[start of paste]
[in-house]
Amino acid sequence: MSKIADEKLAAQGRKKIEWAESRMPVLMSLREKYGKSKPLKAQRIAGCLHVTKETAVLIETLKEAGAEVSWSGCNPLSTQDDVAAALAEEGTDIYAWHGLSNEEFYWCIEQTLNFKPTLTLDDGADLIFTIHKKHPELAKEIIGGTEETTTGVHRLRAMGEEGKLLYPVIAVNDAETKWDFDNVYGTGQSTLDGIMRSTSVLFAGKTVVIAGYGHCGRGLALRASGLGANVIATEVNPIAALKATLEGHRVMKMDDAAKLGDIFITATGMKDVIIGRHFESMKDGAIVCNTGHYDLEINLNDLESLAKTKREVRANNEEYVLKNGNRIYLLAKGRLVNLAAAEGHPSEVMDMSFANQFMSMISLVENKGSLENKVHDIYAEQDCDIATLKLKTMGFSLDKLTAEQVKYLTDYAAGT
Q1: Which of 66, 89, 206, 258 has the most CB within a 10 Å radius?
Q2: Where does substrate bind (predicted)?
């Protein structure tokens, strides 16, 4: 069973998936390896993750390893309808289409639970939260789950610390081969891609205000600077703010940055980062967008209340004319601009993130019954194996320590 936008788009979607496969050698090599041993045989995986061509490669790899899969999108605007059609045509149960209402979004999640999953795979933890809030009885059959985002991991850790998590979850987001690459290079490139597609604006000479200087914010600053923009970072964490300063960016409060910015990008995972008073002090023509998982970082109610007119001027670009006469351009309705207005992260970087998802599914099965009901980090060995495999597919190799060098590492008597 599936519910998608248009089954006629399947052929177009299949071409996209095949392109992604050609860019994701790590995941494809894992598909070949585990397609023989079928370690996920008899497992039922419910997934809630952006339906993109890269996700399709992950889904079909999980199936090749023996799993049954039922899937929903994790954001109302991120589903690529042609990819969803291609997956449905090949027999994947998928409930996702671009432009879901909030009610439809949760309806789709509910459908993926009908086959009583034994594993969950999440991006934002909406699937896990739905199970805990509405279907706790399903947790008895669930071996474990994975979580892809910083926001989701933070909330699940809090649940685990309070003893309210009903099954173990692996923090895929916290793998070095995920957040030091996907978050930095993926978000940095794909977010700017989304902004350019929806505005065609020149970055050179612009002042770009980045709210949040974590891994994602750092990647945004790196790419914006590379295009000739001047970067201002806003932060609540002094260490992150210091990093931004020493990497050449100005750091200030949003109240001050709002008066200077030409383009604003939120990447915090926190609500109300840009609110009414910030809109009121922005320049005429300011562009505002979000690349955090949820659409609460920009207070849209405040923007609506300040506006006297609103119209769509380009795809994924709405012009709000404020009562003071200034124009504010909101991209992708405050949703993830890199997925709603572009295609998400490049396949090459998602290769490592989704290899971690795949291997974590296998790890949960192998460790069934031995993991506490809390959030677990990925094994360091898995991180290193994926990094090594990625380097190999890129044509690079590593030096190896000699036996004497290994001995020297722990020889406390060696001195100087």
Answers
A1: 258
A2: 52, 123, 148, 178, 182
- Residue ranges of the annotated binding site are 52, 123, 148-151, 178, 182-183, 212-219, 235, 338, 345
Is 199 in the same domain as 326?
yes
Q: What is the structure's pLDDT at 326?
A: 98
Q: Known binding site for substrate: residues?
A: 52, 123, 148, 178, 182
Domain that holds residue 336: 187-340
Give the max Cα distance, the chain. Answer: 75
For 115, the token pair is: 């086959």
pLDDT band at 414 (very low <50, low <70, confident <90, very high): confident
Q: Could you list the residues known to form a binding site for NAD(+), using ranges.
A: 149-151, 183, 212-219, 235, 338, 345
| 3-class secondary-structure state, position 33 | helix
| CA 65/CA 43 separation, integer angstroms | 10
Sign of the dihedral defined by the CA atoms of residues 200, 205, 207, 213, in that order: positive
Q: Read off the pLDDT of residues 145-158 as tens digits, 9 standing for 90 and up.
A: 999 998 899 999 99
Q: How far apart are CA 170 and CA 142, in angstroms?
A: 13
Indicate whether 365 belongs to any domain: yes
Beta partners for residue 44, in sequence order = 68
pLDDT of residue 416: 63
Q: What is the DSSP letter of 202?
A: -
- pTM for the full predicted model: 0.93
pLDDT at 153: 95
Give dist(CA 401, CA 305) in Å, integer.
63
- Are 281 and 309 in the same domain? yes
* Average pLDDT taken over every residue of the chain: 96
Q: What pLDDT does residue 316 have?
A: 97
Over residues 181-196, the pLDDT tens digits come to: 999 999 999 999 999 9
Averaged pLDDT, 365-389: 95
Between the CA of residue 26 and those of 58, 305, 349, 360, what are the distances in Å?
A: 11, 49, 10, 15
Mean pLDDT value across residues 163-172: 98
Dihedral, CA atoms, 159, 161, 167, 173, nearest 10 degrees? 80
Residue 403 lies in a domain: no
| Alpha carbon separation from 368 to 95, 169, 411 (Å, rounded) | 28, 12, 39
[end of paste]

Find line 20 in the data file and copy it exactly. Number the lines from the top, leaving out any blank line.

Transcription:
Q: Could you list the residues known to form a binding site for NAD(+), using ranges.